The Transportation Security Administration (TSA) said Monday that a record number of people passed through U.S. airport security checkpoints on Sunday since mid-March, as Americans head home from Thanksgiving travels.
“TSA officers screened 1,176,091 individuals at checkpoints on Sunday, Nov. 29. It’s the highest number since mid-March,” TSA Spokesperson Lisa Farbstein wrote in a tweet.
By comparison, last year 2,882,915 people were screened the Sunday after Thanksgiving, she said, noting that last year’s volume remains the highest ever in TSA history.
Despite the lighter-than-usual Thanksgiving travel, the number will likely raise eyebrows among public health officials and experts, who had urged Americans to refrain from traveling for the holiday and warned against traditional gatherings with families and friends.
Since the pandemic cratered air travel in mid-March, checkpoints across the nation have screened more than 1 million passengers on only five days. Four of the five occurred over the Thanksgiving holiday period, i.e., Nov. 20 (the Friday before Thanksgiving), Nov. 22 (the Sunday before), Nov. 25 (the day before) and Nov. 29 (the Sunday after).
Anthony Fauci, the country’s leading infectious disease expert, said he worries that crowds at airports during Thanksgiving holiday are going to get the country into “even more trouble” than it is in right now.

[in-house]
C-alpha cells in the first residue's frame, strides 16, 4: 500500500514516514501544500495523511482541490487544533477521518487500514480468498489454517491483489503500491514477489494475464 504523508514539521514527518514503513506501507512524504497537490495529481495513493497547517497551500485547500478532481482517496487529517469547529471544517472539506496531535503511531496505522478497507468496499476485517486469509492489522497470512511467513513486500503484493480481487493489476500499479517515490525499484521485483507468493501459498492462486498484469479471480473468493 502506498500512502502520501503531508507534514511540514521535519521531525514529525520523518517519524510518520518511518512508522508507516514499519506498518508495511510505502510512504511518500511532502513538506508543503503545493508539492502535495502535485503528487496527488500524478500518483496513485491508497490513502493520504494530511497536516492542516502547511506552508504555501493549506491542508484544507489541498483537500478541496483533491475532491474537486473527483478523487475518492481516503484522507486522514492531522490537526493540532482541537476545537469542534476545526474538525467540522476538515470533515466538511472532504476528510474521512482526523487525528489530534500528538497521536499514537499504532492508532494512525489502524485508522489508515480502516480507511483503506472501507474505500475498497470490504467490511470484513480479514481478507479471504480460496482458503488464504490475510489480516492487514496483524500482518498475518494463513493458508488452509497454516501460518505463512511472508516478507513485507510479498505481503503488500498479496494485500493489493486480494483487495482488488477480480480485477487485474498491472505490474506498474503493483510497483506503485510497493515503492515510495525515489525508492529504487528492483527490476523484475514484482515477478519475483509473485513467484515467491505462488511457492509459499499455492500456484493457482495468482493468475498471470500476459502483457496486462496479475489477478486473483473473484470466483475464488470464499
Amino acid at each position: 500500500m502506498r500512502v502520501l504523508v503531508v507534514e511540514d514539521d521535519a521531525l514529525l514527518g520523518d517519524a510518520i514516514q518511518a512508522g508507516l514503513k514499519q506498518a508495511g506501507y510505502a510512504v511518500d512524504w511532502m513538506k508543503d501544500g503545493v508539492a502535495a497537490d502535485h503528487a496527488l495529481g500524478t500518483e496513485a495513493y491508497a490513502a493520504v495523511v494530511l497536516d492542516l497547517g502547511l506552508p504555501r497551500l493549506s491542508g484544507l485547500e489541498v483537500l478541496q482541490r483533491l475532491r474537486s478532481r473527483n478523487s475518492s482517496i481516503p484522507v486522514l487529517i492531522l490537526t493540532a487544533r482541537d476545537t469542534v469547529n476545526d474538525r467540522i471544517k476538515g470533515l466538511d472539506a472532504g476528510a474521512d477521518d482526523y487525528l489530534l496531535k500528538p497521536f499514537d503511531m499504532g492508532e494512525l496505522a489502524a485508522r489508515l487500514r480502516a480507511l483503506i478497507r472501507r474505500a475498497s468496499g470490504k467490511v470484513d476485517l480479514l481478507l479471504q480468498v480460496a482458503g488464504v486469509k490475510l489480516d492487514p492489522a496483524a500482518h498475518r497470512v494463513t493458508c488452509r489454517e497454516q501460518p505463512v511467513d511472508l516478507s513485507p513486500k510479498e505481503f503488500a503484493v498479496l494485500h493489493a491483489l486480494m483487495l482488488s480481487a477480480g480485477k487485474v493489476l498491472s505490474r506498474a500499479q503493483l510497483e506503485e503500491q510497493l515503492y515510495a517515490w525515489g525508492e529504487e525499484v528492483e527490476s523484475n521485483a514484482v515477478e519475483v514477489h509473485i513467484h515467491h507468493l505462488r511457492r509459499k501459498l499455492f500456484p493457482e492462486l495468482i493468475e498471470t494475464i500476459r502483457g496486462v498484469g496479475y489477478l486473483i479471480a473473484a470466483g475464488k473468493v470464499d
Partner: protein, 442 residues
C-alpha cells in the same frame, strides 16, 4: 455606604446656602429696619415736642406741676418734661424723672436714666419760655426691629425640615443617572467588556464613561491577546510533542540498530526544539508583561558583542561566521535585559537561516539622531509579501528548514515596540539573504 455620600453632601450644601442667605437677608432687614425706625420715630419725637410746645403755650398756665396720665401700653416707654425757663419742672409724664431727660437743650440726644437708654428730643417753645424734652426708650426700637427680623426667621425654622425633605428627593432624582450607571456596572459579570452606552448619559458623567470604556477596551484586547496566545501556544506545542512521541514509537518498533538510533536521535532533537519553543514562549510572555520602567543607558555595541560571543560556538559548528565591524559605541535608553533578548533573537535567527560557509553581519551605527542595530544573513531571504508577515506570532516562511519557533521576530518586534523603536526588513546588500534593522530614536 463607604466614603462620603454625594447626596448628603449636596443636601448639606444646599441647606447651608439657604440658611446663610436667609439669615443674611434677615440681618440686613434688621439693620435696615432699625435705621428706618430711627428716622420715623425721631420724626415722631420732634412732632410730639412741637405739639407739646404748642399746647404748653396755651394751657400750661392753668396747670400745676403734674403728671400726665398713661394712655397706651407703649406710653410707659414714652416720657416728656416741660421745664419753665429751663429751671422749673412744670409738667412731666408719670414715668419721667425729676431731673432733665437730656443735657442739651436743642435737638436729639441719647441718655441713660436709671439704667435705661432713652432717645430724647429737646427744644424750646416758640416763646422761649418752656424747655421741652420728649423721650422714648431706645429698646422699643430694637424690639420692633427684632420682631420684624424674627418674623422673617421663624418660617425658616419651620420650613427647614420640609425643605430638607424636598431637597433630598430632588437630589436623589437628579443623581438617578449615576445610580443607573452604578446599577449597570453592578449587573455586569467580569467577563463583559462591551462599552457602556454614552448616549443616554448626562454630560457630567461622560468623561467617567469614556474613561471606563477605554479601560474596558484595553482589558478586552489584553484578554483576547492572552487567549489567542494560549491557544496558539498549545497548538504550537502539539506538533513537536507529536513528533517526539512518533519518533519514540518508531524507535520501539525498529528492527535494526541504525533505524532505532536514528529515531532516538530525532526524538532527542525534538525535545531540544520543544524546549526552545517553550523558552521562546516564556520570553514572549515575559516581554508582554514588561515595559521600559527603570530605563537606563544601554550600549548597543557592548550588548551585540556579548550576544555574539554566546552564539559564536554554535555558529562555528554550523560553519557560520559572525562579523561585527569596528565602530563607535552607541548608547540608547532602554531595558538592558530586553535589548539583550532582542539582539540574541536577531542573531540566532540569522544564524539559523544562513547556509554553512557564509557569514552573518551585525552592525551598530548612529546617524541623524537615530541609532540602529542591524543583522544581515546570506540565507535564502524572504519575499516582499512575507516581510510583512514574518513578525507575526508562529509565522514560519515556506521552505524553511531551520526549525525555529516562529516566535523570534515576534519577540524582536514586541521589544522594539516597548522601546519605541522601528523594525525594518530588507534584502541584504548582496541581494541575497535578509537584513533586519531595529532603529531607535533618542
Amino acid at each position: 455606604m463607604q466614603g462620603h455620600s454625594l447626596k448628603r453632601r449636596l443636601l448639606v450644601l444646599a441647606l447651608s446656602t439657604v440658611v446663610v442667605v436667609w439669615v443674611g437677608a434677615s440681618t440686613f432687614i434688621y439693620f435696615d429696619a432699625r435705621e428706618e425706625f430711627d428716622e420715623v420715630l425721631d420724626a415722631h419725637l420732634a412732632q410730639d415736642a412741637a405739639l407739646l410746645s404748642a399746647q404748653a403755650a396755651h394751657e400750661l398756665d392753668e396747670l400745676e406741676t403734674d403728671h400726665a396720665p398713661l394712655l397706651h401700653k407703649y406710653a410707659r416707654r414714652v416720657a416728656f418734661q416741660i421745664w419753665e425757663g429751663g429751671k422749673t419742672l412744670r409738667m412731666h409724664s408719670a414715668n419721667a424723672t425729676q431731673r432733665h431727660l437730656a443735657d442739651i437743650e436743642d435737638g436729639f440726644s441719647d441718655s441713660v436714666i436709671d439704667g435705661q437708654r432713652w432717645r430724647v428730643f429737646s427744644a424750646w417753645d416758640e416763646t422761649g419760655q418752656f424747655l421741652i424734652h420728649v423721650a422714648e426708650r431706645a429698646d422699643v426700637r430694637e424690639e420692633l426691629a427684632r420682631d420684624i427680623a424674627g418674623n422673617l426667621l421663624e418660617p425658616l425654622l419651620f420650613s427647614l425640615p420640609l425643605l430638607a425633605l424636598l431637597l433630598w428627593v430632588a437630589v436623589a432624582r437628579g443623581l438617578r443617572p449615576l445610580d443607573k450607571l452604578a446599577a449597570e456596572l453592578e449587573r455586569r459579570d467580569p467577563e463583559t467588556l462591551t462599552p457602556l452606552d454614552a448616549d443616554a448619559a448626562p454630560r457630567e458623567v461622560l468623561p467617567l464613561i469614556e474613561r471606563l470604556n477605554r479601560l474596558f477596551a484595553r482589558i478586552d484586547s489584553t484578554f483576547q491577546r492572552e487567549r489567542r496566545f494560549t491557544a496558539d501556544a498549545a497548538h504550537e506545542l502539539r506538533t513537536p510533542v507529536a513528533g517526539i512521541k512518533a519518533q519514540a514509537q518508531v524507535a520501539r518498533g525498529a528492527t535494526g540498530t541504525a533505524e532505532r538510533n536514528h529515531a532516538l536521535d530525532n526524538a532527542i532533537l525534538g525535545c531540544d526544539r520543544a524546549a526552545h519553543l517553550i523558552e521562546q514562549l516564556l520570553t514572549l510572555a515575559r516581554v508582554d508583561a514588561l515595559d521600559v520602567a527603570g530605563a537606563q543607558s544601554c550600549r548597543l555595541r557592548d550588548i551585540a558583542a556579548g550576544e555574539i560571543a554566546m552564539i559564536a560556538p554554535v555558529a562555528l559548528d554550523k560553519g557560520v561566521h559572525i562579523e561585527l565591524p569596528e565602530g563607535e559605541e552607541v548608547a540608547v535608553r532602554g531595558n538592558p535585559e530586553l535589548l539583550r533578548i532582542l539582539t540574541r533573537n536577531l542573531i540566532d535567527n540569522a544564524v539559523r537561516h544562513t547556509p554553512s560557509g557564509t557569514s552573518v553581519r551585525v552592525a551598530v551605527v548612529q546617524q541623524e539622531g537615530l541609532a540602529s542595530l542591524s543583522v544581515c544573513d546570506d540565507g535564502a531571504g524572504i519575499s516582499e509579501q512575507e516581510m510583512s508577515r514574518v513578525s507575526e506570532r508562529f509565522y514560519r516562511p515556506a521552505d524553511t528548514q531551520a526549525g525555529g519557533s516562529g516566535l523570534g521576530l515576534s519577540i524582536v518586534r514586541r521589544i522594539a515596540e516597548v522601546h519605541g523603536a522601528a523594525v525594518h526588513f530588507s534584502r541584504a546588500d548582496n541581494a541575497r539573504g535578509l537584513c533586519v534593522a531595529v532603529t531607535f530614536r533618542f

“What we expect, unfortunately, as we go for the next couple of weeks into December is that we might see a surge superimposed on the surge we are already in,”
Fauci said in an interview with NBC News Sunday.
As air travel hits the highest level since mid-March, hospitalizations of COVID-19 patients reached an all-time high of 93,238 on Sunday, according to U.S. Centers for Disease Control and Prevention (CDC).
The CDC reported 152,608 new cases nationwide on Sunday, the 22nd consecutive day that the daily case count had surpassed 100,000.
The CDC also predicted that the number of newly reported COVID-19 deaths will likely increase over the next four weeks, with 10,600 to 21,400 new deaths likely to be reported in the week ending Dec. 19.
The country has recorded more than 13.5 million cases with over 268,000 related deaths as of Monday night, according to the real-time count kept by Johns Hopkins University.
The current spikes in cases are likely to have economic consequences, according to economists and Federal Reserve officials.
“Any boost in activity we see from travel over the Thanksgiving holiday is expected to trigger an even larger pullback due to the surge in hospitalizations in December,” Diane Swonk, chief economist at Grant Thornton, a major accounting firm, wrote in a recent blog.
“We expect the loss in momentum to show up as a sharp slowdown in growth for the fourth quarter, then a contraction in the first quarter of 2021,” Swonk said.
While recent news on the vaccine front is very positive for the medium term, “significant challenges and uncertainties remain” for now, including timing, production and distribution, and efficacy across different groups, Federal Reserve Chairman Jerome Powell noted.
“The rise in new COVID-19 cases, both here and abroad, is concerning and could prove challenging for the next few months,” Powell said.
“A full economic recovery is unlikely until people are confident that it is safe to reengage in a broad range of activities.”
Read alsoBrazil’s surging COVID-19 tallies push state to resume tougher measures
Source: WASHINGTON, Xinhua
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